The hybrid model, with its well-developed online dimension, provides opportunities for countries to tap into the burgeoning reskilling and lifelong learning markets, and enhance their international footprint. The impact of the pandemic on international student mobility will likely be pronounced and protracted, and this vibrant model will create globalised international education and exchange.
The future of work
If a reimagined higher education system is about placing focus on digitalisation that is hybrid in nature, it stands to reason that the world of work will also need to be reimagined in a similar way. The Fourth Industrial Revolution and the pandemic has, and will, continue to have a massive impact on how we work, and universities need to ensure that graduates are appropriately skilled and prepared for it.
Research into mega trends list the top generic skills for the future as: sense-making, social intelligence, adaptive thinking, cross-cultural competencies, computational thinking, new media literacy, transdisciplinarity, a design mindset and virtual collaboration. To this end, UP will be launching the Centre for the Future of Work that will, through interdisciplinary research, investigate the emerging world of work and create the knowledge that can inform policies, regulations and practices for South Africa, Africa and world to be future-fit. The centre will explore questions around the benefits of diversity in the workplace, how an ageing global population will change the labour market and how COVID-19 is changing the nature of work, among others.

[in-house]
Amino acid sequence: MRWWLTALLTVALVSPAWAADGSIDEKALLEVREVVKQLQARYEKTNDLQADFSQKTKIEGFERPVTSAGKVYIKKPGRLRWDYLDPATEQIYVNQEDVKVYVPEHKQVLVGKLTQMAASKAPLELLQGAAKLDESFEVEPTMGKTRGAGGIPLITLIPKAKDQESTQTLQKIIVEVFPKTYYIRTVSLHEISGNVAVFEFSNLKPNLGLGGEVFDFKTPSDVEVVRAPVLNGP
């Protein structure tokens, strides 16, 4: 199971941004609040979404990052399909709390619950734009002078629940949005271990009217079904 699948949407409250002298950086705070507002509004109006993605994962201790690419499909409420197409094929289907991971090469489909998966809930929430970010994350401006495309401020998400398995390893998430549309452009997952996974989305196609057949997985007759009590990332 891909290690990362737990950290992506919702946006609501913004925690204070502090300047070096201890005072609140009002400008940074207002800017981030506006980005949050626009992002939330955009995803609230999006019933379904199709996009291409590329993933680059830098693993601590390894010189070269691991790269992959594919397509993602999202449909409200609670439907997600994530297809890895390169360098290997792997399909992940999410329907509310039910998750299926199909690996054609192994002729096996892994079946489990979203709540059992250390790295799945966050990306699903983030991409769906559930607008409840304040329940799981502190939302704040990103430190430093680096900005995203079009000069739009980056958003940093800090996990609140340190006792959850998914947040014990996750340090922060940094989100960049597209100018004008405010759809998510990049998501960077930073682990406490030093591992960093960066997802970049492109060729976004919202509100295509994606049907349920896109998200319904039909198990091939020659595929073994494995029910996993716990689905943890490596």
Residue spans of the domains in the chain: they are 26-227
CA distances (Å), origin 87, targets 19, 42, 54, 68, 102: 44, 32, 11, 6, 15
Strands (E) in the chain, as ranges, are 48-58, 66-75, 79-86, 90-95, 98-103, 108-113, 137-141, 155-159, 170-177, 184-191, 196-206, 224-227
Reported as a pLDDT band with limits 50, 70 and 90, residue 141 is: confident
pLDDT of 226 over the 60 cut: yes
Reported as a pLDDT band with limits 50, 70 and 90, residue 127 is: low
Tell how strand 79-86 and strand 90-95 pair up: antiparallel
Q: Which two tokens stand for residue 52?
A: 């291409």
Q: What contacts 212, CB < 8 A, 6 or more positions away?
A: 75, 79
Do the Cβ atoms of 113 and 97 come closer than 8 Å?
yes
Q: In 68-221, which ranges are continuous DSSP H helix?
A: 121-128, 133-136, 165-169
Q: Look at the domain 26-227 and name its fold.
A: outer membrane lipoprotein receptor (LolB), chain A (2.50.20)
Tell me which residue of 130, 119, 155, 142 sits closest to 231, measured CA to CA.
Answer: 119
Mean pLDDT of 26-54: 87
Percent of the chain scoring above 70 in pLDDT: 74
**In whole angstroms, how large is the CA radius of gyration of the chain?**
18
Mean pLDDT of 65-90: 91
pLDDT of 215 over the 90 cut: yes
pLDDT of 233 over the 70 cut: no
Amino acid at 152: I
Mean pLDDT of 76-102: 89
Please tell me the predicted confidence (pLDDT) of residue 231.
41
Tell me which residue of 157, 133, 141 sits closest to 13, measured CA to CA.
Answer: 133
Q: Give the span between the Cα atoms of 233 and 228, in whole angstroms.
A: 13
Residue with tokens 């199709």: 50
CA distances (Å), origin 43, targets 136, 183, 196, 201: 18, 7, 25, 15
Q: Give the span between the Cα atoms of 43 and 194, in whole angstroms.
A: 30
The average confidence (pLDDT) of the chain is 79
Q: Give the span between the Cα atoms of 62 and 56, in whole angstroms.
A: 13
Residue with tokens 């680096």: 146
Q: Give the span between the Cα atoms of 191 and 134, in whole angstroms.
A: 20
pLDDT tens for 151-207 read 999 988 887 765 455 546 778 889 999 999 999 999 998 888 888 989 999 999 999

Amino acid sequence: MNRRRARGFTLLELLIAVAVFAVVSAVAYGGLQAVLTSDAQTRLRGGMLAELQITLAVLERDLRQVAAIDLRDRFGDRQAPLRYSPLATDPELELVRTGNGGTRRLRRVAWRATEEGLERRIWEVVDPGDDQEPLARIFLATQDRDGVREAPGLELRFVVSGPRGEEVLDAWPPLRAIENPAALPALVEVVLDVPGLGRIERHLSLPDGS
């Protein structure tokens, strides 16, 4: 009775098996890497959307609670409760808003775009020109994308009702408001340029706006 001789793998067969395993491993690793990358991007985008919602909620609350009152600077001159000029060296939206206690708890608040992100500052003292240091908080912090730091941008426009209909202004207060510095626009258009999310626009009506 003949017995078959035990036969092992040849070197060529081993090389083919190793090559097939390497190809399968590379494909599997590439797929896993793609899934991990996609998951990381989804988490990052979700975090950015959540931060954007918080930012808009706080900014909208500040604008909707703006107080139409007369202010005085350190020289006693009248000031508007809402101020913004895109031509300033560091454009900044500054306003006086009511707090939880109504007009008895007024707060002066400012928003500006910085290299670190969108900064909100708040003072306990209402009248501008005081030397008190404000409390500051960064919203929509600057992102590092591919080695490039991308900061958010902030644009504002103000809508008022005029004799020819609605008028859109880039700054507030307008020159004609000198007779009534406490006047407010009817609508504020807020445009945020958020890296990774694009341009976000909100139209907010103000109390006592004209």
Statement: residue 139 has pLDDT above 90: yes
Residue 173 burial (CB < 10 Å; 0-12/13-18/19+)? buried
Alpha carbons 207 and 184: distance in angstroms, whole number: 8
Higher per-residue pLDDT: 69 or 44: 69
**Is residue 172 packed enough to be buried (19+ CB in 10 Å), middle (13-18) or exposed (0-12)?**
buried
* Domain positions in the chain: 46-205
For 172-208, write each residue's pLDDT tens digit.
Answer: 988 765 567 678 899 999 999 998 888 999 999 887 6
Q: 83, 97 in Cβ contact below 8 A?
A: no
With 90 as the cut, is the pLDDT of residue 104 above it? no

In addressing the future of work, universities are researching digitalisation and the new normal for working life in various ways, including whether it will be largely remote, a return to the pre-COVID era or a combination of both, the hybrid approach, which is most likely. We need to engender a new work life culture for this, with technology as an enabler of productivity, employment and lifelong learning for all. The past year has revealed that online meetings not only save time, but also facilitate greater national and international access in an increasingly borderless world; though it has also revealed that people still desire to meet physically. Therefore, it would be beneficial to have small groups physically meeting every week or two, with all physical distancing protocols observed.
In terms of equipping students for future employability, UP has also recognised the value of entrepreneurship as a major driver of innovation and job creation, and its importance in higher education. The University’s business incubator, TuksNovation, trains students to be entrepreneurs and employers, and provides specialised innovative thinking and support to entrepreneurs throughout their start-up growth journeys. UP has a growing number of local and international partnerships, and is motivated by the opportunities that these alliances present in support of the growing trend of small-business global entrepreneurship, which effectively boosts the internationalisation of small business.
Higher education institutions are in a unique, stimulating position – rather than prescribing possible interventions to maintain the status quo, the time has come to explore alternative futures and possible interventions towards these different futures. Effectively, we have the chance to build new models of internationalisation to produce a highly skilled, future-fit pool of graduates.
By Professor Tawana Kupe, Vice-Chancellor and Principal of the University of Pretoria